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Ocean & Coastal Management
Volume 220, 2022, 106091

Scuba divers' behavior and satisfaction in a new marine protected area: Lessons from the implementation of a best practices program?

Vinicius J. Giglioa, Marina Marconia, Guilherme H. Pereira-Filhoa

Laboratório de Ecologia e Conservação Marinha, Instituto do Mar, Universidade Federal de São Paulo, Santos, SP, Brazil.


Subtropical reefs have suffered from increasing threats and impacts mainly from anthropogenic activities. These reefs also have socioeconomic relevance being in many locations an important income source through recreational activities. This study aimed to assess the potentially damaging behaviors of scuba divers on benthic reefs organisms in the first year of a new Brazilian diving destination, the Alcatrazes Archipelago Wildlife Refuge. We also assessed diver satisfaction to verify the effects of management measures on diver experience. Management measures were implemented through a best practices program aiming to improve low-impact diver behavior. Scuba divers caused the lowest contact rate with the reef described in the literature, maintaining low rates of potentially damaging behaviors over the year. Overall, each diver made an average of 0.63 contacts with the reef and 0.06 with the reef biota per 45 min of dive. Most of the contacts were unintentional and occurred in the first 10 min of the dive. The overall satisfaction of divers was high in all seasons. However, regarding specific attributes, experienced divers were more sensitive to increased underwater supervision. Our results highlight the effectiveness of continued initiatives like best practices program to improve low-impact diver behavior. Visitation monitoring programs are essential to understand the behavior of scuba divers and how the restrictions may affect diver enjoyment in reef environments.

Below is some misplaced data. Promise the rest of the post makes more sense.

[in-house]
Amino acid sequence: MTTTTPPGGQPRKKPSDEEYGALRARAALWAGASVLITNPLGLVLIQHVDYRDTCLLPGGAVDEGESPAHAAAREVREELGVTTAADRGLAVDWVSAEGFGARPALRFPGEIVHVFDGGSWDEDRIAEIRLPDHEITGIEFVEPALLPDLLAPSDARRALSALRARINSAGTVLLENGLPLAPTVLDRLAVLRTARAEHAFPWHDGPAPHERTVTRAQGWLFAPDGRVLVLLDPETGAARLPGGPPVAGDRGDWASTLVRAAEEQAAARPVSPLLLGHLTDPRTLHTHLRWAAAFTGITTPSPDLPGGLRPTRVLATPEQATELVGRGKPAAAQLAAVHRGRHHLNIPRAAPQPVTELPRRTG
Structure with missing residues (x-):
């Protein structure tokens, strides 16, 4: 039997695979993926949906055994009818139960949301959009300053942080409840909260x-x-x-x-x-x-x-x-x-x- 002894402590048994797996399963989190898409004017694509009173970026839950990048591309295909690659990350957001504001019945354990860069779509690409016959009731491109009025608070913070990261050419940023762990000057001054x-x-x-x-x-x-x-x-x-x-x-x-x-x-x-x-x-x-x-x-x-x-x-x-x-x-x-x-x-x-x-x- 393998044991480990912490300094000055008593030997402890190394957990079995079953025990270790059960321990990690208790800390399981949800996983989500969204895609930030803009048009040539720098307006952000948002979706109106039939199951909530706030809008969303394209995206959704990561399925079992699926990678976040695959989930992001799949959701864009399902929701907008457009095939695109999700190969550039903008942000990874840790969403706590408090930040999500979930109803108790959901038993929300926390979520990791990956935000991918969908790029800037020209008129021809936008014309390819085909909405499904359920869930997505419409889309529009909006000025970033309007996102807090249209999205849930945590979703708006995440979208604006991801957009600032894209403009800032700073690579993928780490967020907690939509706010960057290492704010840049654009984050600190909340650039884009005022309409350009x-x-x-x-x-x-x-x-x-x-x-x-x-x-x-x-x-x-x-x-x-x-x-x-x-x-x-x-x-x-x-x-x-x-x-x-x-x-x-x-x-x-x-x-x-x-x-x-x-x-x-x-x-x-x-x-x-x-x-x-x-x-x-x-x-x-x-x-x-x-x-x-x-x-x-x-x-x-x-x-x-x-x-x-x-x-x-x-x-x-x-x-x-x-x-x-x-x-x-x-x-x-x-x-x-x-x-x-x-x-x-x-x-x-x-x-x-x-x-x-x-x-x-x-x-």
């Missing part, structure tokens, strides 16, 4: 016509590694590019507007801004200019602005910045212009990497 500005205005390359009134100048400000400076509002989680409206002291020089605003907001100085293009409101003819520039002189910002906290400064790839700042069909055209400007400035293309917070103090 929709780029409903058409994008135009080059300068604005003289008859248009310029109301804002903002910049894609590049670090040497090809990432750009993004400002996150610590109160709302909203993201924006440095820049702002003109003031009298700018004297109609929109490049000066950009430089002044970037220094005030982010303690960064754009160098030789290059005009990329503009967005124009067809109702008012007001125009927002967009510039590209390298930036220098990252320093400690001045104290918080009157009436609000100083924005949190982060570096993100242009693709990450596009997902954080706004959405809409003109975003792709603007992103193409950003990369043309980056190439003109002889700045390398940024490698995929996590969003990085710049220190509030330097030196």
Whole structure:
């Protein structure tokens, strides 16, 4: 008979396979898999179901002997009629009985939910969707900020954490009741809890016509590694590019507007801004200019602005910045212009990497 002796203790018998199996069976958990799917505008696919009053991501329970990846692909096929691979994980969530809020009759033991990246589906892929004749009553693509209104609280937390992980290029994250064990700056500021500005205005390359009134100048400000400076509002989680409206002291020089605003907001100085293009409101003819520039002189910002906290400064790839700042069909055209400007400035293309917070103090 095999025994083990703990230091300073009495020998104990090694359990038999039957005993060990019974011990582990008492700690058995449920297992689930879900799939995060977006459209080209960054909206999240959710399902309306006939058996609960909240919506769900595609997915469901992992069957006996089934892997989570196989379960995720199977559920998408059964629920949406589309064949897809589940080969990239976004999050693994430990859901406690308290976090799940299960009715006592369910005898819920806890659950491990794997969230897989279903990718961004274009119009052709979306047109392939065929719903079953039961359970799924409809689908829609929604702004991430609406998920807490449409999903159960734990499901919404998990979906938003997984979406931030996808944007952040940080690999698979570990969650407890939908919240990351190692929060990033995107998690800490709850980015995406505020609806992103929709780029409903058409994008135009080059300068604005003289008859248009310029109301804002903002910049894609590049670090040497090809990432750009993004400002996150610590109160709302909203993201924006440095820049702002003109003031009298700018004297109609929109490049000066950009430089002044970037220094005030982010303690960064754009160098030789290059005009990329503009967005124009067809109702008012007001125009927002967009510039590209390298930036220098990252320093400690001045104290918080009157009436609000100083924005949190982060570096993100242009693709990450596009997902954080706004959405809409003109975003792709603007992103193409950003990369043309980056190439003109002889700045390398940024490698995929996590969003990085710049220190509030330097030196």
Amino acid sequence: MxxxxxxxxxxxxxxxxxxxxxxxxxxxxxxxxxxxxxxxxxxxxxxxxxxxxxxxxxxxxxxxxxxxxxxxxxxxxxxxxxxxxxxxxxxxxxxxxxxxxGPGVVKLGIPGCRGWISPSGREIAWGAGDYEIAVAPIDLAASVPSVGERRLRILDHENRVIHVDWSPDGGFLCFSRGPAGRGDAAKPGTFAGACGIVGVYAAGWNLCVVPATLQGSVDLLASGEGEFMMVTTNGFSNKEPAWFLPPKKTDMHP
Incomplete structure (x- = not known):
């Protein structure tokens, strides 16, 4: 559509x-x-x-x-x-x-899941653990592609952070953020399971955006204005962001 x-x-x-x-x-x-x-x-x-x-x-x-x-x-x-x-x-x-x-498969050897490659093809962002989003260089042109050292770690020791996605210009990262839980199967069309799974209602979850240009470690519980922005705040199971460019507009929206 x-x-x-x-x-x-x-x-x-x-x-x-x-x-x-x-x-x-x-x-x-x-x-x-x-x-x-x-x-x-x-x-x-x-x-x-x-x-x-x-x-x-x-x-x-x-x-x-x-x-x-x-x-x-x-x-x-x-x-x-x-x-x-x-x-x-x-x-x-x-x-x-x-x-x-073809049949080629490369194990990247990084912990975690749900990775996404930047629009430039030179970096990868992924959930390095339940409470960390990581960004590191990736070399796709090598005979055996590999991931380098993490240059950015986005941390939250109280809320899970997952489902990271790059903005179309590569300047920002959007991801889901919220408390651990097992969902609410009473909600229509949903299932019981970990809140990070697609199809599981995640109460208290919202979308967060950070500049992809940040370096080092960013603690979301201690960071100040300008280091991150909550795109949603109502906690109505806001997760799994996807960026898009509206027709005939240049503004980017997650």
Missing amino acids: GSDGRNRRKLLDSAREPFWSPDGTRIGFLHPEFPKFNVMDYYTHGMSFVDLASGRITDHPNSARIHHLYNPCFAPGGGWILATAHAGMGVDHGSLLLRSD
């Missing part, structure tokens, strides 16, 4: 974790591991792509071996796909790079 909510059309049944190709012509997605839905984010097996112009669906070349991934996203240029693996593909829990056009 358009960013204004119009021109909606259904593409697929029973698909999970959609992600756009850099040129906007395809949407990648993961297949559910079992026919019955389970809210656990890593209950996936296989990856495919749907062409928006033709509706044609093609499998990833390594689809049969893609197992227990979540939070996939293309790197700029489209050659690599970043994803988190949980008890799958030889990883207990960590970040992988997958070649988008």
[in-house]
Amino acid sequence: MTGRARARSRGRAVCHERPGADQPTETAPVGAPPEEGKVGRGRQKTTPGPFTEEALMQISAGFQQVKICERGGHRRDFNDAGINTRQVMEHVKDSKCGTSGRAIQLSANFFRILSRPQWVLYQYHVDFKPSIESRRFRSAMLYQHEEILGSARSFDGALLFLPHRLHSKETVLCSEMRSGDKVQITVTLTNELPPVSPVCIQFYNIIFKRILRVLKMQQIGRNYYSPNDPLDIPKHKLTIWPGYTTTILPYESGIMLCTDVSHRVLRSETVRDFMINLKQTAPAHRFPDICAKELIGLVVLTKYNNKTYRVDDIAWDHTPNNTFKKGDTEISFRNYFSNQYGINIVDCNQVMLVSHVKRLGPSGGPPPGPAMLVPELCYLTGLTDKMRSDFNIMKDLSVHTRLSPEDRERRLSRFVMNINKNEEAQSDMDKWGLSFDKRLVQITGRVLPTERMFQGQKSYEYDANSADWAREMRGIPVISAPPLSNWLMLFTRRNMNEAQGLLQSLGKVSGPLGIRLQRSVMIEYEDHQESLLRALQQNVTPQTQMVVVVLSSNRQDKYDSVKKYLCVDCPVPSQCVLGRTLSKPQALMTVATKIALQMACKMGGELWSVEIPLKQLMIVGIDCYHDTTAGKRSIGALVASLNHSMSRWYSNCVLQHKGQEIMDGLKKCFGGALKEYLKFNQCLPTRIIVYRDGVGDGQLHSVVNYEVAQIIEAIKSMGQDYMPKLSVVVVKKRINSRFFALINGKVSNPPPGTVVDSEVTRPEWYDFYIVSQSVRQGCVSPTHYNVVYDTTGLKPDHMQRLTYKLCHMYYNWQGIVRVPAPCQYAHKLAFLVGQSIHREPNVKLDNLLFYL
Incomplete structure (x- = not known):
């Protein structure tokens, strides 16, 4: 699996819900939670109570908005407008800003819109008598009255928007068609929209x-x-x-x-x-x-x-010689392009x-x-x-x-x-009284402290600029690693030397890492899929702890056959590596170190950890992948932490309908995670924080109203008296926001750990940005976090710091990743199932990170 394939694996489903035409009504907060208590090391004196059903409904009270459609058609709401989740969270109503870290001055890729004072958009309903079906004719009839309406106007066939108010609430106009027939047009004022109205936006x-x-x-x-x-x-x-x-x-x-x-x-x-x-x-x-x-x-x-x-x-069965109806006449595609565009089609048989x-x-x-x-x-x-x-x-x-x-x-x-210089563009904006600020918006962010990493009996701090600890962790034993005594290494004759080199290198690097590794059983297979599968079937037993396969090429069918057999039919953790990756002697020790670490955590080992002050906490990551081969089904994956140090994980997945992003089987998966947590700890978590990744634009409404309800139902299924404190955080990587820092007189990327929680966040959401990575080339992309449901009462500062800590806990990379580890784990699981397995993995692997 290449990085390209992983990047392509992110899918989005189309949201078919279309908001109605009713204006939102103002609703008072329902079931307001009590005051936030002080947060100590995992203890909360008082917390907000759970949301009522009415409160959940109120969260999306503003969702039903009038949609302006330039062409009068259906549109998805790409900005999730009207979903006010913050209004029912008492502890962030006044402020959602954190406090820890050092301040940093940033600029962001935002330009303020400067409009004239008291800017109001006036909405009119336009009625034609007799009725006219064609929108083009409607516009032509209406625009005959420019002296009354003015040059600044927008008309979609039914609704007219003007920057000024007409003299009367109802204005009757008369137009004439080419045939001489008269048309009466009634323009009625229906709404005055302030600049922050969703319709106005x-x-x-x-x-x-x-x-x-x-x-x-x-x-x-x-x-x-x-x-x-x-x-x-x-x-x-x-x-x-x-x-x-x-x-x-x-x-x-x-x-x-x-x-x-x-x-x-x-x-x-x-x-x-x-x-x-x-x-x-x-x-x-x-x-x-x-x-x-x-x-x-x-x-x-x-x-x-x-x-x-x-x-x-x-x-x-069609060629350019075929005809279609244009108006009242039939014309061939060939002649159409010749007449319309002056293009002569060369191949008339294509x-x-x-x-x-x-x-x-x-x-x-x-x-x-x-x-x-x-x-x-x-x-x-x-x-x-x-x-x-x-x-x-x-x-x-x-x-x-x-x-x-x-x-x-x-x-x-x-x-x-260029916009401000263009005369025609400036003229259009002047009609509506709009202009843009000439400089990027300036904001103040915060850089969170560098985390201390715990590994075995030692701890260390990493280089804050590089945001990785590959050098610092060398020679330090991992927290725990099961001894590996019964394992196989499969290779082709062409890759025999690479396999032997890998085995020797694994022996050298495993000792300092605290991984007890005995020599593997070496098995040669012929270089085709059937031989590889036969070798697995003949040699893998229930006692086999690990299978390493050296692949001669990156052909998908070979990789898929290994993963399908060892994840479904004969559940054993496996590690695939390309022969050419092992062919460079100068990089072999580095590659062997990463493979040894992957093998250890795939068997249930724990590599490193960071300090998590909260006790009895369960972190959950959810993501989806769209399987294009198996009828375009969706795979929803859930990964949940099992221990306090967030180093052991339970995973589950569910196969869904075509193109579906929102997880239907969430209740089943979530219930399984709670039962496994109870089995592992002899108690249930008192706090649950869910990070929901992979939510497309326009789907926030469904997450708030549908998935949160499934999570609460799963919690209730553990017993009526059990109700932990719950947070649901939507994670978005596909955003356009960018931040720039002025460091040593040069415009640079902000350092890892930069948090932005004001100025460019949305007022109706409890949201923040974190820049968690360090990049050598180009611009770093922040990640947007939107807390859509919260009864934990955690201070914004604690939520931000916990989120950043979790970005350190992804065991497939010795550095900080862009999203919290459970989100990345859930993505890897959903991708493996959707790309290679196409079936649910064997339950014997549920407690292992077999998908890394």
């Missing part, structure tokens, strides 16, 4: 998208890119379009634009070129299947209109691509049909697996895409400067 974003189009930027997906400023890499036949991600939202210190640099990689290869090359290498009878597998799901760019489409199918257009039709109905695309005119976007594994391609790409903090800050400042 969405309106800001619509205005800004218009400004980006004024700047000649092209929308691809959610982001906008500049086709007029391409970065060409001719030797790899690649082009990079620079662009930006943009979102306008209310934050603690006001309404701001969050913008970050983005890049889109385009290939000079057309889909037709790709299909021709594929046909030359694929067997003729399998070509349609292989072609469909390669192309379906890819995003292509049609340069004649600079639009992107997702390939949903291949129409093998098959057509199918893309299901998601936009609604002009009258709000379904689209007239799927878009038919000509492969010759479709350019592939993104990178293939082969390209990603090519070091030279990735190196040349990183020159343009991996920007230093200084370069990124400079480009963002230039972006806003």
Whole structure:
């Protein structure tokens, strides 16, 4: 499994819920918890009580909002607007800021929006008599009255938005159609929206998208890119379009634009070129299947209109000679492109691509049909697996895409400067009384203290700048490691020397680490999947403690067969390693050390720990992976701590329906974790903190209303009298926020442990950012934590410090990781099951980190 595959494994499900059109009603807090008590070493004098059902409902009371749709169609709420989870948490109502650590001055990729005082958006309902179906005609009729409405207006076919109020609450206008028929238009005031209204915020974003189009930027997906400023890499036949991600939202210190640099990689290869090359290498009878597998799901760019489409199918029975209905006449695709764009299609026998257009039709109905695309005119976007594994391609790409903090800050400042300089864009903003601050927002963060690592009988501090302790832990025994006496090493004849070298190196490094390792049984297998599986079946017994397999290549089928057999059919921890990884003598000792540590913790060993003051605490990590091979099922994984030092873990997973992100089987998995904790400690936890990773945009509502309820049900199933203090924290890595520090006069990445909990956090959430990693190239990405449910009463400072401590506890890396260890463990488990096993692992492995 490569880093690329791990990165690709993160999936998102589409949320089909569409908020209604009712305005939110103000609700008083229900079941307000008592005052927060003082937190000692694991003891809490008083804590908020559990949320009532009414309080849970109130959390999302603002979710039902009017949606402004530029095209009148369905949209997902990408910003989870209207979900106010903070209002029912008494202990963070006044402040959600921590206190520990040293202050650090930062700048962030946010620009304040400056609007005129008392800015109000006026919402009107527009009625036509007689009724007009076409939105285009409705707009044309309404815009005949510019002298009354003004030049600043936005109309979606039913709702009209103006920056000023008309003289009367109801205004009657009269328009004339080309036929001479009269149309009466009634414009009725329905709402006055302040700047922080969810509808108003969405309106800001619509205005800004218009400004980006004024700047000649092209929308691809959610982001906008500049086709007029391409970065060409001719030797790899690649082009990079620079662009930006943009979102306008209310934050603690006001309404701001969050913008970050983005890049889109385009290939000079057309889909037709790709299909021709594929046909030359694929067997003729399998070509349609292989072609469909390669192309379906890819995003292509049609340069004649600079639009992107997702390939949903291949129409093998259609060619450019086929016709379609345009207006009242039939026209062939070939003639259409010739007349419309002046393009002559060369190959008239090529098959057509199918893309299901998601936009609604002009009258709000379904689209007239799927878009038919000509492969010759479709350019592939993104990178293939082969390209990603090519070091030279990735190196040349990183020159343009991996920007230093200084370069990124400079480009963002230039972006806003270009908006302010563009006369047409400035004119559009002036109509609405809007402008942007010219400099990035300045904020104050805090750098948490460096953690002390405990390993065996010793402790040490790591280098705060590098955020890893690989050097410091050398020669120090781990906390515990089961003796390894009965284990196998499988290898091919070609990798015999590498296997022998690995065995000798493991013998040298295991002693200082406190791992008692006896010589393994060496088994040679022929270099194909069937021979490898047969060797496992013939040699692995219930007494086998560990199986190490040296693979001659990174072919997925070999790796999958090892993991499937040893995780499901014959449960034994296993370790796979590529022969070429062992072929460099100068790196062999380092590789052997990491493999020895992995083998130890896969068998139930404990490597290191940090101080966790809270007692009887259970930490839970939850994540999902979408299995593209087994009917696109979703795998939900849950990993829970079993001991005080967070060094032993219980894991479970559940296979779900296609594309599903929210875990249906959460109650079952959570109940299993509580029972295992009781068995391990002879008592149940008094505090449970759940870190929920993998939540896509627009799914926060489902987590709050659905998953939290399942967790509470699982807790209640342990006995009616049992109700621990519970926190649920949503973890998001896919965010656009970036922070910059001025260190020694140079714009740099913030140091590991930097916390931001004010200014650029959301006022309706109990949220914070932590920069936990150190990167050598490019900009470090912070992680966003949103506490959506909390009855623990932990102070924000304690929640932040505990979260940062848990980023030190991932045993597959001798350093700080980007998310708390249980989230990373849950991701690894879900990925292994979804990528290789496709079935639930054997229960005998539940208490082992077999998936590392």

Keywords: Environmental sustainability, Recreational diving, Marine wildlife tourism, Adaptive management, Marine reserve.

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